Sunday, November 06, 2011

Rainy 5K

This morning Jacob and I are running the Santa Clarita 5K race together. Right now, he's nervous about getting separated from me (which I'll never let happen) and not beging able o finish. I have complete faith in him. It's only 3.1 miles.

However, it is currently 45 degrees and drizzling outside. That's what I'm worried about. Going to be a cold one, my friends.


To say that the run was miserable would be a understatement, but we labored through it and I'm so proud of Jake for completing the race. Sometimes it isn't about running the fastest or posting your personal record; sometimes it's just about getting across the finish line and saying "I did it." That's what today was all about and we have the medals to prove it.

Saturday, November 05, 2011

In Dreams...

Images and scenes of sick or dying children have invaded my dreams. I don't remember most of what goes on in my head when I'm sleeping, but the past couple of weeks have contained some sad, but uplifting moments that obviously tie to my fears for my son and his health.

This morning, my dream began with me losing control of my bladder and having to take refuge in a disgusting, two stall shopping mall bathroom to wait for someone to bring me a fresh pair of clothes. While I wait, the miracle of dreaming dries my shorts and shoes and I decide to leave. However, I run into Julie, carrying some jeans and a T-shirt, and she insists that I go back and change. I return to the crappy bathroom and now it's got a line nearly going out the door. Among the people waiting is a teenage boy, maybe 15, confined to a wheelchair. his leg is in a brace and his head appears to be the only normal sized portion of his body. The rest of him is withered and sickly, barely there.

The boy- a blond, cheerful looking kid- is with his younger brother. He never calls him his brother, but you can tell by the way they interact that there is a bond and an understanding between the two of them. While the rest of te men in the room are doing their best not to look at the sick boy in the wheelchair, the little one talks to him and plays with him as if there is nothing wrong with him. It's like my children getting along. Anyway, I try not to stare at the young man in his wheelchair. However, he is waiting for the bigger stall, so he keeps letting people go before him since he and his chair can't fit in the smaller of the two stalls. I wind up waiting directly behind him. I can't help but to make eye contact since his little sibling keeps running around me. At some point, he apologizes for his brother's behavior and we begin to talk.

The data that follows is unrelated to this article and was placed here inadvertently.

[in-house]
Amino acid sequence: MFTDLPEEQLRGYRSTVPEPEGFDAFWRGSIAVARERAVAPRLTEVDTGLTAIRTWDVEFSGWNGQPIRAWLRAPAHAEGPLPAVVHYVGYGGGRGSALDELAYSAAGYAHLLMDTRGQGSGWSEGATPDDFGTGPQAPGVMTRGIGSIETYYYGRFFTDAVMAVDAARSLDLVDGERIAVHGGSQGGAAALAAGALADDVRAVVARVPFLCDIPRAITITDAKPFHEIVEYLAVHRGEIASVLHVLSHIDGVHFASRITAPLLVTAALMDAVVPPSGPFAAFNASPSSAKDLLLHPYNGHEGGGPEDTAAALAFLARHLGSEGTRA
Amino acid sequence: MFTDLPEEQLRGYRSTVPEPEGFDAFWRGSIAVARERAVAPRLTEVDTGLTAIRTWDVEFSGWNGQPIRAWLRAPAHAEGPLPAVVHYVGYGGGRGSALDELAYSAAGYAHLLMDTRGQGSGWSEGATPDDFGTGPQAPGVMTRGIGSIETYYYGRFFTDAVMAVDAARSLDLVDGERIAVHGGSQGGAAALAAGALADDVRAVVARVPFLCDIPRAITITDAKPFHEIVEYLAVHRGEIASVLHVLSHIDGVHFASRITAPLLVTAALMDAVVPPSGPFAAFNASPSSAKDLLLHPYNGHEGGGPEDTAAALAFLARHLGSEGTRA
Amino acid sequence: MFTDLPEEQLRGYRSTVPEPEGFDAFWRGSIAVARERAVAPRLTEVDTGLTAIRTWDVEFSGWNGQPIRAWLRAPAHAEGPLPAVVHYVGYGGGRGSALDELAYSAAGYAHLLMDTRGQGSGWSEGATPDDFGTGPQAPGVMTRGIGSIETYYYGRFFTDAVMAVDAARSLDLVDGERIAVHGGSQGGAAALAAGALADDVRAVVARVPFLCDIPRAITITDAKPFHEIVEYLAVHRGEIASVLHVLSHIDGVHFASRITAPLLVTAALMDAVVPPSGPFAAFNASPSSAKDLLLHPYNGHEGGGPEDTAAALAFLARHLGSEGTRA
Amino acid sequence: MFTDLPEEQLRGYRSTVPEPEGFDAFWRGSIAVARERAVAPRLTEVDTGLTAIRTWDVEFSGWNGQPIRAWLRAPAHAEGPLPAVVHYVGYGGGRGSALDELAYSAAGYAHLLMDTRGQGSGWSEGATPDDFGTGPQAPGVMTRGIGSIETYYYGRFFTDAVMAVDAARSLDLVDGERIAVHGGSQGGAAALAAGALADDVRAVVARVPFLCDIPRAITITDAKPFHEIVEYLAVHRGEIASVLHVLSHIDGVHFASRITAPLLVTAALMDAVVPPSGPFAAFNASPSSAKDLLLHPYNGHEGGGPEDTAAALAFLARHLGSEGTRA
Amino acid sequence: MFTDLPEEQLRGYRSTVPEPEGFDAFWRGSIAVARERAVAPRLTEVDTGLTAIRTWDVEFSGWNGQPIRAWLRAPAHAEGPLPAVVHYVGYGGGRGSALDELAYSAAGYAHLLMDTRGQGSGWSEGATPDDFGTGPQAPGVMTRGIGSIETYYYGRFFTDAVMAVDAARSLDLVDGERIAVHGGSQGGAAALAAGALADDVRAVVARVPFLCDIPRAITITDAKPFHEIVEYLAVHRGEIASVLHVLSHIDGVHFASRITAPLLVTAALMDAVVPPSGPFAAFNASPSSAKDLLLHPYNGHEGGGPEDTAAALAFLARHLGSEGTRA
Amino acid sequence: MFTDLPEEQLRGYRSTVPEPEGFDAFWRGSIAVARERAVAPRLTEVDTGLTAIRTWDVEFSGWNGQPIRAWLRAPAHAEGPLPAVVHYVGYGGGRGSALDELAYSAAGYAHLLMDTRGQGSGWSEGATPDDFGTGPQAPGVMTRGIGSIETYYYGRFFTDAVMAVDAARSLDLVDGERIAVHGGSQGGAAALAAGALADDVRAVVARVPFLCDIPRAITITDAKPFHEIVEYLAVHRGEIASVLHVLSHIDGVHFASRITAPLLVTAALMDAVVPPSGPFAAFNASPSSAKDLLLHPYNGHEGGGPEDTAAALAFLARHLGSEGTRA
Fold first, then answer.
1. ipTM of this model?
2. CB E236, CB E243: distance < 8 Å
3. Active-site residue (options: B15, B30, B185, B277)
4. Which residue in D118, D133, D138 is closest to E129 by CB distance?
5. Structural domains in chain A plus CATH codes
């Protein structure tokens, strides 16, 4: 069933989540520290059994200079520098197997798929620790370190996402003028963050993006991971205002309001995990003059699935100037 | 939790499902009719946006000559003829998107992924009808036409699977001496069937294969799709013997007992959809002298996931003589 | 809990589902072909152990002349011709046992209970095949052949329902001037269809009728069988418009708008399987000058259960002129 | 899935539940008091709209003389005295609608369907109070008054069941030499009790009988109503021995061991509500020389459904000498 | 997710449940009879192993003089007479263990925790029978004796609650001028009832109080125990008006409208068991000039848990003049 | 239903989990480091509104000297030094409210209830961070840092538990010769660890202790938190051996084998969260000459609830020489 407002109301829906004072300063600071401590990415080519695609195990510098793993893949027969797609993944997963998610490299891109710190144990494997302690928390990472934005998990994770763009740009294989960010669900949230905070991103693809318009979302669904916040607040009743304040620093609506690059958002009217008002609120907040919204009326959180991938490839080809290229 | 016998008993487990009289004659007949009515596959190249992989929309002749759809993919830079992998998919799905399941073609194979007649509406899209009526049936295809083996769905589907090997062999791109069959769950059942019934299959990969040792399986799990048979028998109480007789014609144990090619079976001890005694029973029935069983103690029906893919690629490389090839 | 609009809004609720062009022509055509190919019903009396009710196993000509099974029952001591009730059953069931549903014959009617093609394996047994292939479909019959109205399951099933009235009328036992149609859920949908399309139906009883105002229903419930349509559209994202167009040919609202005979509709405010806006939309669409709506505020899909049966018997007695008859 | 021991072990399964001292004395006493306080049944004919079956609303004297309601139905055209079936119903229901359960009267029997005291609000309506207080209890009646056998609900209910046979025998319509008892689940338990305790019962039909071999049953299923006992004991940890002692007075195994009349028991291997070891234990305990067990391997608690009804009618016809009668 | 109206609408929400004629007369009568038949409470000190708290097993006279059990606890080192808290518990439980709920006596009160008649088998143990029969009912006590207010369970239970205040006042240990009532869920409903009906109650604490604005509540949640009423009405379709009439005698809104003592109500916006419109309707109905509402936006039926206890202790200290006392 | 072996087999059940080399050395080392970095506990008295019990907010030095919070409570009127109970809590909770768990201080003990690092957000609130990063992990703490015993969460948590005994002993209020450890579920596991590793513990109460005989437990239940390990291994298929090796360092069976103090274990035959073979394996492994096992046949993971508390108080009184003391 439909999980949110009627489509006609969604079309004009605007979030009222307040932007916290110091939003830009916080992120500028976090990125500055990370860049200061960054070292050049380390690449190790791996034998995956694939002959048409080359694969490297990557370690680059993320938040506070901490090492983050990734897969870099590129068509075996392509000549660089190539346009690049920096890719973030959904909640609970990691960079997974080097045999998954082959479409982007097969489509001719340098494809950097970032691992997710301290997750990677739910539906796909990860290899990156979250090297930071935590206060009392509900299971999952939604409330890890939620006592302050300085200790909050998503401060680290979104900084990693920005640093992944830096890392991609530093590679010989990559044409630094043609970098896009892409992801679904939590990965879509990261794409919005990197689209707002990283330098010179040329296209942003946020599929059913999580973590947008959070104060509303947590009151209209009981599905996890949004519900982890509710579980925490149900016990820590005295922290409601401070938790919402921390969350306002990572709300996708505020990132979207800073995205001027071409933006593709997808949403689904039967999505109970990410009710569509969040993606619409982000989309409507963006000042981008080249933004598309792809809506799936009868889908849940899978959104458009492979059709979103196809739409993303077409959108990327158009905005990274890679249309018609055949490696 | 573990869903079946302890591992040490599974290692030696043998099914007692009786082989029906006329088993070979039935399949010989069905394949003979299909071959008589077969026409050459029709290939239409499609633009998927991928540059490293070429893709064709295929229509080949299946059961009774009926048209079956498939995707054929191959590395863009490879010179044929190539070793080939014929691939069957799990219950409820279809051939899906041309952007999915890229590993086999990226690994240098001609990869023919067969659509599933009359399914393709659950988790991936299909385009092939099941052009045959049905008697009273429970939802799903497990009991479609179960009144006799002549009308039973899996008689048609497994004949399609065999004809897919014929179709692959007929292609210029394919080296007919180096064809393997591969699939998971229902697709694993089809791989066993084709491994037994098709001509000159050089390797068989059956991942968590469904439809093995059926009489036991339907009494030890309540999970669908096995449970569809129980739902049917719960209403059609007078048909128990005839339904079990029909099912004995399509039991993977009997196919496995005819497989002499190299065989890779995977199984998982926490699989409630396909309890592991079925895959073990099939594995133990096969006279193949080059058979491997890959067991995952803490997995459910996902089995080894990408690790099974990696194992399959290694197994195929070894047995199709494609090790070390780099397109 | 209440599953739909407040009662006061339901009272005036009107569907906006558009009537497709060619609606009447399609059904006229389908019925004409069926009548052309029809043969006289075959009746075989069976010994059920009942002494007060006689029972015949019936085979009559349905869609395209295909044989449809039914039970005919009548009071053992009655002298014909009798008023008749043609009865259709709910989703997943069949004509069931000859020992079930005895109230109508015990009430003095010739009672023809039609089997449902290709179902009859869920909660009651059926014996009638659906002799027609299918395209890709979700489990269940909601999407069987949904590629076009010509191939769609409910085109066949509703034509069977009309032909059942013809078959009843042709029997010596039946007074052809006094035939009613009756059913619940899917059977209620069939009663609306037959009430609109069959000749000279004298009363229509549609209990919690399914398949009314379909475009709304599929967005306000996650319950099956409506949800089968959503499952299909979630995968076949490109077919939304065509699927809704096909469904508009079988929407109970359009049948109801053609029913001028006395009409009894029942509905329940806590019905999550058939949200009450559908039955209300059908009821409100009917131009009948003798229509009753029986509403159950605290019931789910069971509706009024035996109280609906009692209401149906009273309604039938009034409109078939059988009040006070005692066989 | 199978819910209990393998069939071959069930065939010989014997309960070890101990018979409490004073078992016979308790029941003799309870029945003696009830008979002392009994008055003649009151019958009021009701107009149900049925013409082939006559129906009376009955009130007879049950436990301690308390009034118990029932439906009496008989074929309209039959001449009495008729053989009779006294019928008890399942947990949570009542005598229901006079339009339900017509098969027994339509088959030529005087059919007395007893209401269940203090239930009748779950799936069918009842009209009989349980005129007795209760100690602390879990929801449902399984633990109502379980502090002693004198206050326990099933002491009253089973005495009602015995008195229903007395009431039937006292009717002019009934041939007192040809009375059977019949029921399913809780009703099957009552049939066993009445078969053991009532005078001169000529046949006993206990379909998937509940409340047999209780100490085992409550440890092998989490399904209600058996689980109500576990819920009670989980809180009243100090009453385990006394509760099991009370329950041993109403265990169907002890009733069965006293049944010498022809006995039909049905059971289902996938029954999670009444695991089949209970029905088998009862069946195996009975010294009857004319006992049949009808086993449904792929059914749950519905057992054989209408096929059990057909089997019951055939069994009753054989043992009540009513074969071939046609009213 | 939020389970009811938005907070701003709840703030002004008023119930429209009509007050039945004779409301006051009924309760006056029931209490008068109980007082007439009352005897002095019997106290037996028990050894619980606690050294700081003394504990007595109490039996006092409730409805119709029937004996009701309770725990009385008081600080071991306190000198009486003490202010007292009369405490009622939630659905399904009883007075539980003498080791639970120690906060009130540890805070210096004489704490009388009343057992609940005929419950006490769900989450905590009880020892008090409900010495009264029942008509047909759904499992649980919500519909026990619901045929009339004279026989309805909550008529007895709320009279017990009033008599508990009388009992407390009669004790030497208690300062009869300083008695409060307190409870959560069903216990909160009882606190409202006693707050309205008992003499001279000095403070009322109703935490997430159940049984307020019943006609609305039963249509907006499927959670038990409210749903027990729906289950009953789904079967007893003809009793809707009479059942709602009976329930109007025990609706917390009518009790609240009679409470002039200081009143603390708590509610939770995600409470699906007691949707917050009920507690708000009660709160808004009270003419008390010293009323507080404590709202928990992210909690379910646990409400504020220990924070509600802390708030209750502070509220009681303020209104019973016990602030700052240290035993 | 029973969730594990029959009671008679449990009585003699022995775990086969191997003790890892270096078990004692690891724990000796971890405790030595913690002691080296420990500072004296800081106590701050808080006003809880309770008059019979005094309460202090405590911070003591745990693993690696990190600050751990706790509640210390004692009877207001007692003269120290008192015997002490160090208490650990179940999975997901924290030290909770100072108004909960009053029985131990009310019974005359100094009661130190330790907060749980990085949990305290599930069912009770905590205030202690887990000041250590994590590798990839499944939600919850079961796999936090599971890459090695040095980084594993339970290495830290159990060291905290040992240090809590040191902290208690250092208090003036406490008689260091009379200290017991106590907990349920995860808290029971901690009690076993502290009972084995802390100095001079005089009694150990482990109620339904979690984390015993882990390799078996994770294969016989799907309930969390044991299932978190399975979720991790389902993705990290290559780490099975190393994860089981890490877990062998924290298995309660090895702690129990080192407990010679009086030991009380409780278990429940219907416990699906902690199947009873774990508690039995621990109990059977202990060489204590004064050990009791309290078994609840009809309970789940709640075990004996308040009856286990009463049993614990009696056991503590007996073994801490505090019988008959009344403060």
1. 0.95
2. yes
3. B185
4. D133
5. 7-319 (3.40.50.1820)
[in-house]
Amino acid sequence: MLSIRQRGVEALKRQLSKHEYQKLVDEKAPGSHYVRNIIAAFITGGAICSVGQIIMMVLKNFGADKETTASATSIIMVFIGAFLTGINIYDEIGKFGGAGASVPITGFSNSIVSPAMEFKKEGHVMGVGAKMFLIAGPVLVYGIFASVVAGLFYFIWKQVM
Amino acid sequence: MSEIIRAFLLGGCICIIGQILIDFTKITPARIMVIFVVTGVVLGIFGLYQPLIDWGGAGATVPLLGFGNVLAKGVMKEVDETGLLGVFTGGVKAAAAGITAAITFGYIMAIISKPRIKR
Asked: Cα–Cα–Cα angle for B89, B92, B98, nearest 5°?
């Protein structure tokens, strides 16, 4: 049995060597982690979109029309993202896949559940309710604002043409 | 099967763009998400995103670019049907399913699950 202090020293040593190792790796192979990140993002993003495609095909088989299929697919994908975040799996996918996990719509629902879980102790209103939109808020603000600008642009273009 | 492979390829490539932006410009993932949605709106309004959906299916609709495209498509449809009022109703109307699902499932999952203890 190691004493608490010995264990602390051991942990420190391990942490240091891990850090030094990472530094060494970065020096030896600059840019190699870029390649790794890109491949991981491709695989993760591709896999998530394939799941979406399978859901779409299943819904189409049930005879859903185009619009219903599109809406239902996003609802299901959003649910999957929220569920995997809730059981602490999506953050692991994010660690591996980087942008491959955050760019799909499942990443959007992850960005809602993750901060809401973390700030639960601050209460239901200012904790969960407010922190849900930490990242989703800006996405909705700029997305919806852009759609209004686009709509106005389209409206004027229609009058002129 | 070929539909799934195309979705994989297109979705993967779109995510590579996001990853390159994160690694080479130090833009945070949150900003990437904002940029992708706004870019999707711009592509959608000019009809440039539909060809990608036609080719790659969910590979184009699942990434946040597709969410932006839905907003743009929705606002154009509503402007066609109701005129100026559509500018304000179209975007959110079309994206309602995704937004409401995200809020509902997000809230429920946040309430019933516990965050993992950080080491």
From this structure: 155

Suddenly we're in a bank, waiting to see a teller. I ask simple questions so as to not be rude. In truth, I'm trying not to look at the boy's body, which is as skin and bones as a concentration camp survivor. Somehow we get on the subject of sports and he informs me that he used to play soccer and he used to play track. The sight of this kid makes me wonder how that's possible. Was he a special Olympics kid? The disabled teller window opens up and the boy leaves me. I can't help but feel that I've just met a brave young man. I get to my teller window and she has a pamphlet about the boy. It's fundraiser announcement to try and raise money for some rare disease that strikes 1 and a million kids. In the world there are only 3 people currently living with the disease, and the boy I just met is one of them. Thus, his odds of surviving in the next year or so are slim.

I glance one more time at the boy, laughing with the teller and making a deposit. "He's going to die," I think, "and he must know it."

I leave the bank., carrying the pamphlet, trying to think of some way I can make myself useful.